Saturday, June 27, 2015

Grapes Coming to a Table Near You

So the next day, Tuesday, we went up to the town of Coachella.  There is a new Retail Partner, Foster-Gardner, that agronomist JW and I visited there. This is a big time table grape area.  (Table grapes as opposed to wine grapes.)  We went to several grape areas, and this one was being harvested.  That's JW checking things out.  Notice the date palms on the left. There was a lot of harvesting going on as indicated by all the packing boxes.
This is what it looks like down the rows.  This site had just been picked.  I guess I was a little self- conscious about taking pictures of the workers.  It was very hot, well over 100 degrees, and they were working hard and I was just standing around watching.
The bunches of grapes are unloaded on a table.  See how nice and scarlet they are.
Then they are loaded directly into a store package and placed in this supermarket box.  So it might be a good idea to rinse them off before eating.  However, I did not follow my own advice and was eating them directly from the bunches hanging on the vines.  Super good flavor..  (Oh, I was discrete in taking this pic of the woman here.  How they work when it's so hot is a mystery to me.  I admire and respect them so much for their strong ability here.)
But unfortunately the grapes are not all nice and scarlet.  These grapes here were not picked because the finicky shoppers want them all scarlet and grapey colored.  There are a lot of these.  Grapes get their color on the vine, and not after picking like some crops.  So they are left and hopefully will color and be picked later.  But here it is late in the season, and maybe they won't have time or labor to keep coming back.  Wouldn't it be nice if there was some sort of foliar nutritional spray that would enhance coloring?  Well cross your fingers.  If you like grapes that is.
After that we went and looked at a nearby tangerine orchard.  Now who doesn't like tangerines?  But those darn seeds.  
Hey, these are seedless tangerines.  How does that happen? Well, it seems that they put netting over the whole row of trees at flowering to prevent pollination by bees.  And so the tangerines grow and mature without seeds.  Here are some in development and they will grow until harvest in the winter. But it seems that tangerines have some of the same issues as grapes with uniform coloring.  Some of the tangerines don't fully turn orange, keeping some green color which prevents marketing.  Maybe there is some way to enhance uniform orange-ness.  We will see.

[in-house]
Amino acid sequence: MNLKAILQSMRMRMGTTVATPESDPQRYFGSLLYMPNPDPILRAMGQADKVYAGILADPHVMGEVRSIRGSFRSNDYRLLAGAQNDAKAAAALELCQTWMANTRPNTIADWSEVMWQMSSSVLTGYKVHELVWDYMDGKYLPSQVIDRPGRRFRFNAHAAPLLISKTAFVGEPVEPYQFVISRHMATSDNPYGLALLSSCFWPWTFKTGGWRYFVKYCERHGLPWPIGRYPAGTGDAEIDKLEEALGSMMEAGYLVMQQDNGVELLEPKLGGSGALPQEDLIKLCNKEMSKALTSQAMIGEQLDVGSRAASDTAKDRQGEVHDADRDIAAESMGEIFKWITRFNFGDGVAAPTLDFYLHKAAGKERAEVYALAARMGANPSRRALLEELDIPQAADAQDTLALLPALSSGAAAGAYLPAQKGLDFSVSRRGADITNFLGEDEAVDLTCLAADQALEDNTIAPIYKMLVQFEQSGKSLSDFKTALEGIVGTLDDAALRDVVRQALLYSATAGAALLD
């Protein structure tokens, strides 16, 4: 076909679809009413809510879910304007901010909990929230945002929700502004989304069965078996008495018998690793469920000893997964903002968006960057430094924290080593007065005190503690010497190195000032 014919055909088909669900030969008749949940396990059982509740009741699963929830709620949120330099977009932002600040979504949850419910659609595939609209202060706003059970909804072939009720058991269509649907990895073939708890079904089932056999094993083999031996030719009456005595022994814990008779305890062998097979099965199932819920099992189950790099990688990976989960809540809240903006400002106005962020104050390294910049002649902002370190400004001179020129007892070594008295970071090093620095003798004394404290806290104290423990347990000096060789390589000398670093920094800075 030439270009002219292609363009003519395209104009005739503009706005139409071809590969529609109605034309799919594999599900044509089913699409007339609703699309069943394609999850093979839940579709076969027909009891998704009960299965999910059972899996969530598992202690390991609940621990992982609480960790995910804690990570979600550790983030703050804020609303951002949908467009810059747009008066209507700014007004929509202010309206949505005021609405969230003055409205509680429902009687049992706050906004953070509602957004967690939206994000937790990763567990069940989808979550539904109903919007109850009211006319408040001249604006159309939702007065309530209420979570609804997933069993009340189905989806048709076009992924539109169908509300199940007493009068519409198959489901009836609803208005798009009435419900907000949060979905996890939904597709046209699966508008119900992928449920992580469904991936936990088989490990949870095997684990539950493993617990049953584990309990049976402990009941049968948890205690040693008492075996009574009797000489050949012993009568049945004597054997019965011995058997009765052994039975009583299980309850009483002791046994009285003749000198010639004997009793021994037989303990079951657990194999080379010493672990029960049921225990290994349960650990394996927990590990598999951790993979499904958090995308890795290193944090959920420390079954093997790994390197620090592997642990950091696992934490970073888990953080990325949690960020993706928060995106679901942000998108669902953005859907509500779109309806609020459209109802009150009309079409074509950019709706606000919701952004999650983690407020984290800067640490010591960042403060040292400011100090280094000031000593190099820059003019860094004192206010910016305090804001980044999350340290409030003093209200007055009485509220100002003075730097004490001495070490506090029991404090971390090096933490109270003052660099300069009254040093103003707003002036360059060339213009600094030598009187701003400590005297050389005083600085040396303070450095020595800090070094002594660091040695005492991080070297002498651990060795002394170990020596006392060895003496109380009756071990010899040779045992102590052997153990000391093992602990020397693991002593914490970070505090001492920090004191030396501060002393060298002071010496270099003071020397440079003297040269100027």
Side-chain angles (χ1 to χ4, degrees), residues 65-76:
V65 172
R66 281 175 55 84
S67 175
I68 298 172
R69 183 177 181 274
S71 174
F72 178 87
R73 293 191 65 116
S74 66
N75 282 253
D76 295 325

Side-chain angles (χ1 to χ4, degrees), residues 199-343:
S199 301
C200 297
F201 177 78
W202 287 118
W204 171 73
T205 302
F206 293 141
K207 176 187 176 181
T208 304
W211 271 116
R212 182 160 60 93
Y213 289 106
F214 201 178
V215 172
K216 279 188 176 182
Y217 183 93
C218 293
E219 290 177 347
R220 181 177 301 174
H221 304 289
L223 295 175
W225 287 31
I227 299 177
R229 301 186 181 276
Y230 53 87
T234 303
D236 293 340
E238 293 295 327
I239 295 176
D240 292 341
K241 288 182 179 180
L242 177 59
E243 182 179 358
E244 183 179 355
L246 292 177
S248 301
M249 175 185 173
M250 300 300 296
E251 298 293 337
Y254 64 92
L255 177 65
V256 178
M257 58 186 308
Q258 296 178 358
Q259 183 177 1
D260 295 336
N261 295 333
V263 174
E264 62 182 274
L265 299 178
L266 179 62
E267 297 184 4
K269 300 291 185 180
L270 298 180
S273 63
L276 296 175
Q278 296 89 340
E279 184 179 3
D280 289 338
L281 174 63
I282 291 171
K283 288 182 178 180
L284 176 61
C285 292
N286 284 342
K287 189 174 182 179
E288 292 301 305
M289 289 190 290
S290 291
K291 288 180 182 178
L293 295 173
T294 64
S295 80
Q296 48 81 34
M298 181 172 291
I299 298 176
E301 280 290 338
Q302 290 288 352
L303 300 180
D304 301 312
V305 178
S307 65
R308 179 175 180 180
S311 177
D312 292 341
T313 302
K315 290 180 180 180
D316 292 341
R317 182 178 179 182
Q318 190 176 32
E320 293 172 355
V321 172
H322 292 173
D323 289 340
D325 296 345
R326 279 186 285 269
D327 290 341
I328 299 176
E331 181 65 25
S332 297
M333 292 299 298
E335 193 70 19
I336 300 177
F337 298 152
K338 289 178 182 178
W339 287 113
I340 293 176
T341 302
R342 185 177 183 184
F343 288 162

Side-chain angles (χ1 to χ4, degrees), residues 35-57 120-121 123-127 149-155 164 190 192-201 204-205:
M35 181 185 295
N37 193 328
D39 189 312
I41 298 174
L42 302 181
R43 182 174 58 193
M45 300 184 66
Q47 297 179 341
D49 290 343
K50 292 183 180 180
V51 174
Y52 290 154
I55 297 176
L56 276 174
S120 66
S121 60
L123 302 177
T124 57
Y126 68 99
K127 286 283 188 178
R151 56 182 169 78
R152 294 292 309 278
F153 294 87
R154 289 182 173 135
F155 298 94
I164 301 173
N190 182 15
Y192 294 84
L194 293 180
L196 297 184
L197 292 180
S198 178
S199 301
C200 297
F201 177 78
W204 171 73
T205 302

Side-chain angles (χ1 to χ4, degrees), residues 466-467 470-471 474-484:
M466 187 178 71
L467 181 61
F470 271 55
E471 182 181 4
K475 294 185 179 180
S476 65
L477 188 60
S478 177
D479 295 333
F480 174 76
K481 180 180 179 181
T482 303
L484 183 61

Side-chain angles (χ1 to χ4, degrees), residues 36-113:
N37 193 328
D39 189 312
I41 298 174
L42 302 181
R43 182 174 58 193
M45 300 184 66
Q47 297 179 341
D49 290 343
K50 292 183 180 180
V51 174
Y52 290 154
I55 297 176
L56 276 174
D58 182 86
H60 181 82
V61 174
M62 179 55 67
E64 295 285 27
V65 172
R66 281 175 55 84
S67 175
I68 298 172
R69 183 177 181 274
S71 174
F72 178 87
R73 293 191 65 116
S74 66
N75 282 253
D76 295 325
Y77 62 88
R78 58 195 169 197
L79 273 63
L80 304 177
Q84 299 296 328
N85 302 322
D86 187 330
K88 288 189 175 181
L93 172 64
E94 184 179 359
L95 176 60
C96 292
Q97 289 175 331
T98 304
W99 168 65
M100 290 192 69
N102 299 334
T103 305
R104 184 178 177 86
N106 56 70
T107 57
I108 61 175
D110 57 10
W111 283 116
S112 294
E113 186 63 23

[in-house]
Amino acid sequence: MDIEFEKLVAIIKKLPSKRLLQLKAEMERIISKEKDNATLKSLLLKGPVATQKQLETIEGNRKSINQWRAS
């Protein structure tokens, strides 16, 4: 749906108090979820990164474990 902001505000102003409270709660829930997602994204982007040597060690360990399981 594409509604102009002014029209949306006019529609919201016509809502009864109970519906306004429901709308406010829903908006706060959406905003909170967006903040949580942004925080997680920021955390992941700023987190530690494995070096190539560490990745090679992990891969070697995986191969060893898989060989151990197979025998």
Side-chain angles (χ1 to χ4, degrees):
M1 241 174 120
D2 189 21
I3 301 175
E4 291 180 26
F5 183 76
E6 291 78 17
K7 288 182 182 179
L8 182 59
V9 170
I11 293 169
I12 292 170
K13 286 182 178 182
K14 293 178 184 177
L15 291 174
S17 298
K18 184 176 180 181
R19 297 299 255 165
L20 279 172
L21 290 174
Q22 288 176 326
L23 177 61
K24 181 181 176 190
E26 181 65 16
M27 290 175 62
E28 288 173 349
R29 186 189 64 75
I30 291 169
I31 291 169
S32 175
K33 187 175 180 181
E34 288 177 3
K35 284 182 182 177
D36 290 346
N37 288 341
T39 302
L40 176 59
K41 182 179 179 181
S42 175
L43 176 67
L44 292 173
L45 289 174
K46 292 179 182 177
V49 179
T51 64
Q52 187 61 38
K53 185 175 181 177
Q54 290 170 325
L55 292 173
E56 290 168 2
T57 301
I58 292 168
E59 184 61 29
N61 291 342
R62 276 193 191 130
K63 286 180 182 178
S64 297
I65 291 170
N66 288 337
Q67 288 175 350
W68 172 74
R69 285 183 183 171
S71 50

So after all of that, it was time to head over the Santa Rosa mountains and back to San Diego so JW and I could depart to our respective homes.  I had never taken this route, and it was some pretty "keep your eyes on the road" driving.  We turned off into an overlook to see greater Coachella-Indio-Desert Palm in the background.  And look at the curvy road.
There are a number of wild fires going on in California.  Which is sad due to the terrible drought. This is a view of the smoke from the so-called "Lake Fire" in the distance to the North.  Too bad about that.
Did I say San Diego?  Wait, I have a daughter and son-in-law and GRANDSON in San Diego.  Well it would just be rude not to stop by.
So I did.  He's almost four months old and certainly happy to see his Grand-dad.  I was happy too in case you can't tell.

Thursday, June 25, 2015

Imperial Visit

 So I was on a fertilizer mission earlier this week to Southern California.  About as far South as you can go, to the Imperial Valley.  I have reported on previous visits, most recently last March where we were setting up some applications of Fase 2 on olives.  Well here they are some two months later.  Can you see a difference?  Well of course not, but we'll find out come harvest in the fall.
 Here are the olives already forming.  It was really hot, but they like that even if I don't.
 Here is a brand new planting of olives.  Now do you see that they are a desert crop?  Amazing what water can do.  Water is a precious commodity here in California, but unlike the rest of the state, the source is still pretty good here in the valley.  Their water comes from the Colorado River.  The plan is to have Pro-Germinator and micros running through the drip tape in the future.